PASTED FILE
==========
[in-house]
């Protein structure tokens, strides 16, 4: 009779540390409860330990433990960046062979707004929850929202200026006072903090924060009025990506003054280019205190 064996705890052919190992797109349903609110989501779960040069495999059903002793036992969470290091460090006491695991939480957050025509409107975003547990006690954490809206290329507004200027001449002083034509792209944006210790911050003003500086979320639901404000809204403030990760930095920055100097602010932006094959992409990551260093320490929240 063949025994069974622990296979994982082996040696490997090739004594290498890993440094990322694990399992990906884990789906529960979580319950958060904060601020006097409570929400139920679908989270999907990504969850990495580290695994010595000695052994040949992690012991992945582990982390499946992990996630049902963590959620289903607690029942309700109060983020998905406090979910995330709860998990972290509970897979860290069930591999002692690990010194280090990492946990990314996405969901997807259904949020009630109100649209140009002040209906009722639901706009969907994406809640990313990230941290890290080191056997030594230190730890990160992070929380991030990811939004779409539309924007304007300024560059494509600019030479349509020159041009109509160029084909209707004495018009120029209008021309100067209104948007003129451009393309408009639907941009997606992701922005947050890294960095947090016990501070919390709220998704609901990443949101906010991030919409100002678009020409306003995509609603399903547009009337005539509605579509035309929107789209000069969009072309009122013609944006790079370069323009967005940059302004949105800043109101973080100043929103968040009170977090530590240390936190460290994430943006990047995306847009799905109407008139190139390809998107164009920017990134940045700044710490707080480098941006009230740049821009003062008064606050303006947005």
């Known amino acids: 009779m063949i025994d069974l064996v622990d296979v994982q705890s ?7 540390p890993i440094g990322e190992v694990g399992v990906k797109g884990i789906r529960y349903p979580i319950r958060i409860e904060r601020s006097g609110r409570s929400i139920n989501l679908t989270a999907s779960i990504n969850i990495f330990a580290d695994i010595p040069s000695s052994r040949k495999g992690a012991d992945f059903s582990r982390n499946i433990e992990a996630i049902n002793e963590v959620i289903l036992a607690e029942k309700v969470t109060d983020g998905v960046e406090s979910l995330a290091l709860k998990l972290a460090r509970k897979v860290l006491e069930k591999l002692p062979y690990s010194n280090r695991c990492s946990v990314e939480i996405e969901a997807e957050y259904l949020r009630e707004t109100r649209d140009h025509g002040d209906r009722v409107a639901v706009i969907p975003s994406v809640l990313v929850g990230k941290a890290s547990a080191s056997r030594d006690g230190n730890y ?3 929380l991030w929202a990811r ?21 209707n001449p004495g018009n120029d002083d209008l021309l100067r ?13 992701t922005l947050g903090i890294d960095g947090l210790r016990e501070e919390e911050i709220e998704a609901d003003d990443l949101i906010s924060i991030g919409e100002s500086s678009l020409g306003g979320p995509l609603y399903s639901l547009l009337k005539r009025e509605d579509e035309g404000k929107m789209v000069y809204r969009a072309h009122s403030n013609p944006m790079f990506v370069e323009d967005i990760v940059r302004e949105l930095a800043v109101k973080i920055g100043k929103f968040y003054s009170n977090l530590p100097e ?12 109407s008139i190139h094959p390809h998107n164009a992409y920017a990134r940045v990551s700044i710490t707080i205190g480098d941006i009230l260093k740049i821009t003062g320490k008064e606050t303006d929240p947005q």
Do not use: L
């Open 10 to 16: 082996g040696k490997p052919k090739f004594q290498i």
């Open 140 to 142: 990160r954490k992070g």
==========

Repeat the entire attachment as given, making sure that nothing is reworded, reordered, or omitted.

[in-house]
């Protein structure tokens, strides 16, 4: 009779540390409860330990433990960046062979707004929850929202200026006072903090924060009025990506003054280019205190 064996705890052919190992797109349903609110989501779960040069495999059903002793036992969470290091460090006491695991939480957050025509409107975003547990006690954490809206290329507004200027001449002083034509792209944006210790911050003003500086979320639901404000809204403030990760930095920055100097602010932006094959992409990551260093320490929240 063949025994069974622990296979994982082996040696490997090739004594290498890993440094990322694990399992990906884990789906529960979580319950958060904060601020006097409570929400139920679908989270999907990504969850990495580290695994010595000695052994040949992690012991992945582990982390499946992990996630049902963590959620289903607690029942309700109060983020998905406090979910995330709860998990972290509970897979860290069930591999002692690990010194280090990492946990990314996405969901997807259904949020009630109100649209140009002040209906009722639901706009969907994406809640990313990230941290890290080191056997030594230190730890990160992070929380991030990811939004779409539309924007304007300024560059494509600019030479349509020159041009109509160029084909209707004495018009120029209008021309100067209104948007003129451009393309408009639907941009997606992701922005947050890294960095947090016990501070919390709220998704609901990443949101906010991030919409100002678009020409306003995509609603399903547009009337005539509605579509035309929107789209000069969009072309009122013609944006790079370069323009967005940059302004949105800043109101973080100043929103968040009170977090530590240390936190460290994430943006990047995306847009799905109407008139190139390809998107164009920017990134940045700044710490707080480098941006009230740049821009003062008064606050303006947005």
């Known amino acids: 009779m063949i025994d069974l064996v622990d296979v994982q705890s ?7 540390p890993i440094g990322e190992v694990g399992v990906k797109g884990i789906r529960y349903p979580i319950r958060i409860e904060r601020s006097g609110r409570s929400i139920n989501l679908t989270a999907s779960i990504n969850i990495f330990a580290d695994i010595p040069s000695s052994r040949k495999g992690a012991d992945f059903s582990r982390n499946i433990e992990a996630i049902n002793e963590v959620i289903l036992a607690e029942k309700v969470t109060d983020g998905v960046e406090s979910l995330a290091l709860k998990l972290a460090r509970k897979v860290l006491e069930k591999l002692p062979y690990s010194n280090r695991c990492s946990v990314e939480i996405e969901a997807e957050y259904l949020r009630e707004t109100r649209d140009h025509g002040d209906r009722v409107a639901v706009i969907p975003s994406v809640l990313v929850g990230k941290a890290s547990a080191s056997r030594d006690g230190n730890y ?3 929380l991030w929202a990811r ?21 209707n001449p004495g018009n120029d002083d209008l021309l100067r ?13 992701t922005l947050g903090i890294d960095g947090l210790r016990e501070e919390e911050i709220e998704a609901d003003d990443l949101i906010s924060i991030g919409e100002s500086s678009l020409g306003g979320p995509l609603y399903s639901l547009l009337k005539r009025e509605d579509e035309g404000k929107m789209v000069y809204r969009a072309h009122s403030n013609p944006m790079f990506v370069e323009d967005i990760v940059r302004e949105l930095a800043v109101k973080i920055g100043k929103f968040y003054s009170n977090l530590p100097e ?12 109407s008139i190139h094959p390809h998107n164009a992409y920017a990134r940045v990551s700044i710490t707080i205190g480098d941006i009230l260093k740049i821009t003062g320490k008064e606050t303006d929240p947005q």
Do not use: L
């Open 10 to 16: 082996g040696k490997p052919k090739f004594q290498i």
């Open 140 to 142: 990160r954490k992070g």